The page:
J. SKELLY WRIGHT, Circuit Judge:
This case presents once again the troublesome problem of introducing evidence of a defendant's prior convictions to impeach his credibility, as authorized by 14 D.C.CODE § 305 (Supp. V 1966). Appellant asks that we reverse his conviction because the trial court's ruling on the admissibility of appellant's prior conviction was not in accord with our decision in Luck v. United States, 121 U.S.App.D.C. 151, 348 F.2d 763 (1965).
Appellant was convicted by a jury of assaulting a police officer with a dangerous weapon.
In support of the claim of unconsciousness trial counsel hoped to call appellant to the stand for his account of the events. Aware, however, that this could open the way for introduction in evidence of a prior conviction of assault with a dangerous weapon,
In Luck we noted the problems involved in admitting prior convictions for impeachment purposes. 121 U.S.App. D.C. at 156-157, 348 F.2d at 768-769. Without doubt, reciting a defendant's prior criminal record to the jury can be highly prejudicial, especially where, as here, the prior offense is a crime similar to the one on trial. See Pinkney v. United States, 124 U.S.App.D.C. 209, 363 F.2d 696 (1966). Thus the impeachment rule confronts the defendant with a dilemma. Although his testimony may
It was with this experience in mind that we were led in Luck to hold that, while prior convictions might have some bearing on credibility, the trial court is not bound by 14 D.C.Code § 305 to permit impeachment in every case. Rather we called upon the trial court to exercise discretion, noting that "[t]here may well be cases where the trial judge might think that the cause of truth would be helped more by letting the jury hear the defendant's story than by the defendant's foregoing that opportunity because of the fear of prejudice founded upon a prior conviction. There may well be other cases where the trial judge believes the prejudicial effect of impeachment far outweighs the probative relevance of the prior conviction to the issue of credibility." 121 U.S.App.D.C. at 156, 348 F.2d at 768. (Footnote omitted.) We went on to mention some of the considerations that might be relevant in exercising that discretion, such as "the nature of the prior crimes, the length of the criminal record, the age and circumstances of the defendant, and, above all, the extent to which it is more important to the search for truth in a particular case for the jury to hear the defendant's story than to know of a prior conviction." 121 U.S. App.D.C. at 157, 348 F.2d at 769. (Footnote omitted.) Finally, we cited as "a highly desirable guide for the trial judge" Rule 303 of the American Law Institute's Model Code of Evidence (1942).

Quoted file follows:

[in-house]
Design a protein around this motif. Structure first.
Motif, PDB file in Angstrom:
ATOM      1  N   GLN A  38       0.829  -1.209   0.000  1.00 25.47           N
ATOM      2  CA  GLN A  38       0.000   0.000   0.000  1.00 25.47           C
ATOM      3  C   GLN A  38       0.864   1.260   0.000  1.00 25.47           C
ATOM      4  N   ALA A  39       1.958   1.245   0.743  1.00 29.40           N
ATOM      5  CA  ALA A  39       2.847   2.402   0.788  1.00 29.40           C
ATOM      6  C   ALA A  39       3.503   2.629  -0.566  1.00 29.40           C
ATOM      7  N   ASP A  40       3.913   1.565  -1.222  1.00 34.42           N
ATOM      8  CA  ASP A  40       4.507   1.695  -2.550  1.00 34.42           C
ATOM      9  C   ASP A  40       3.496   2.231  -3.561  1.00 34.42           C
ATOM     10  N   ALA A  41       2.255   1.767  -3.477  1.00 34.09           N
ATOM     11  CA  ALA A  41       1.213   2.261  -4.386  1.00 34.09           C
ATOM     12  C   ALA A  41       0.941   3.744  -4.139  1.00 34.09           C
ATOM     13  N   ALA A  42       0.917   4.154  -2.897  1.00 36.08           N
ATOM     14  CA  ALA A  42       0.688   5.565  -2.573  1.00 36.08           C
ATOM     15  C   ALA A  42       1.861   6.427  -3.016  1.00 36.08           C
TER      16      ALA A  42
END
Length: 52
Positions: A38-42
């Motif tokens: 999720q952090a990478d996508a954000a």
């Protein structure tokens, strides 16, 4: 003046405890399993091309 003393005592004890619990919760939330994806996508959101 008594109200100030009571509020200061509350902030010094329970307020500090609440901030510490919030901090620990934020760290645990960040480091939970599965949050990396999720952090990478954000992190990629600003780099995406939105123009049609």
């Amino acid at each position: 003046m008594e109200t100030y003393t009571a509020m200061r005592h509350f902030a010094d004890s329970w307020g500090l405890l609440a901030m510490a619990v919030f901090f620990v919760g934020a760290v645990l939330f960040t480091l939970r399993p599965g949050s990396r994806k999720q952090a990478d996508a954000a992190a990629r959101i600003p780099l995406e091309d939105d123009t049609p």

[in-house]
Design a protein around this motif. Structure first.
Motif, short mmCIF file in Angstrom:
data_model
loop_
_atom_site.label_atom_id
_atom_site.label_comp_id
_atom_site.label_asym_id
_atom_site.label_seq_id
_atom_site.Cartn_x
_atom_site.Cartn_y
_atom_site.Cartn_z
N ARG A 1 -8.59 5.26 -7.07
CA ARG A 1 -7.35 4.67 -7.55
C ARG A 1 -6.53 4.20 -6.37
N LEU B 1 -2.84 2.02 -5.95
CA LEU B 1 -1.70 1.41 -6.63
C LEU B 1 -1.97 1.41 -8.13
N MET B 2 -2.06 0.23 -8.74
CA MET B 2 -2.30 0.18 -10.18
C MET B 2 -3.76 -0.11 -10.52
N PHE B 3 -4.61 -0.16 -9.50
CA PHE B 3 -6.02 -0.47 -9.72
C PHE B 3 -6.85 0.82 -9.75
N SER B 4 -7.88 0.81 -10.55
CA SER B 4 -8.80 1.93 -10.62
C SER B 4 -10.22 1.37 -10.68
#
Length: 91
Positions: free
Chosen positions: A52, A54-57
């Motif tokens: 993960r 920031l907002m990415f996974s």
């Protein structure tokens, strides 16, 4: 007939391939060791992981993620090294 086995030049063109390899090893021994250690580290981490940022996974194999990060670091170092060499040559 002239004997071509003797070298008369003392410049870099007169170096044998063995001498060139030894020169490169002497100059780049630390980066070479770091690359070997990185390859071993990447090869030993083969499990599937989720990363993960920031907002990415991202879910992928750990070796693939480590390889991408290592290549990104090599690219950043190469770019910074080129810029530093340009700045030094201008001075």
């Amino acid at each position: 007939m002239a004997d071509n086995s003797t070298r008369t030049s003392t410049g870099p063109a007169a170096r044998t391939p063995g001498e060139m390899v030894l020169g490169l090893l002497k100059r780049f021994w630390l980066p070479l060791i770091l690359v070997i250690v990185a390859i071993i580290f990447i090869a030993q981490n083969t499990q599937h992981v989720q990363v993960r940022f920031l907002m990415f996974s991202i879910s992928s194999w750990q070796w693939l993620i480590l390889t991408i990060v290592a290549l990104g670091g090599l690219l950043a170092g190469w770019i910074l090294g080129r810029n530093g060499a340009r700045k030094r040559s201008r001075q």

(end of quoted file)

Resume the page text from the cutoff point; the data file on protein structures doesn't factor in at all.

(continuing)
In the case before us the trial judge unfortunately did not base his ruling on these individualized considerations. Instead he spoke of an "abstract" belief that those with prior convictions are likely to commit perjury because they fear the effect the prior conviction will have on their sentence should they be convicted again. As is obvious, should such an abstraction be permitted to prevail Luck would be rendered meaningless; if we accept the view that prior convictions provide such an impetus to commit perjury as to outweigh any prejudicial effect of impeachment, then we will have returned to the automatic impeachment rule Luck sought to change.
Moreover, the idea that a prior conviction provides a motive for perjury misconstrues the theory of impeachment. The reason for exposing the defendant's prior record is to attack his character, to call into question his reliability for truth-telling by showing his prior, relevant antisocial conduct. One need not look for prior convictions to find motivation to falsify, for certainly that motive inheres in any case, whether or not the defendant has a prior record. What greater incentive is there than the avoidance of conviction? We can expect jurors to be naturally wary of the defendant's testimony, even though they may be unaware of his past conduct.
This is not to say that a prior conviction has no relevance to credibility. It is to say that the trial judge, in weighing the prejudice that might result from its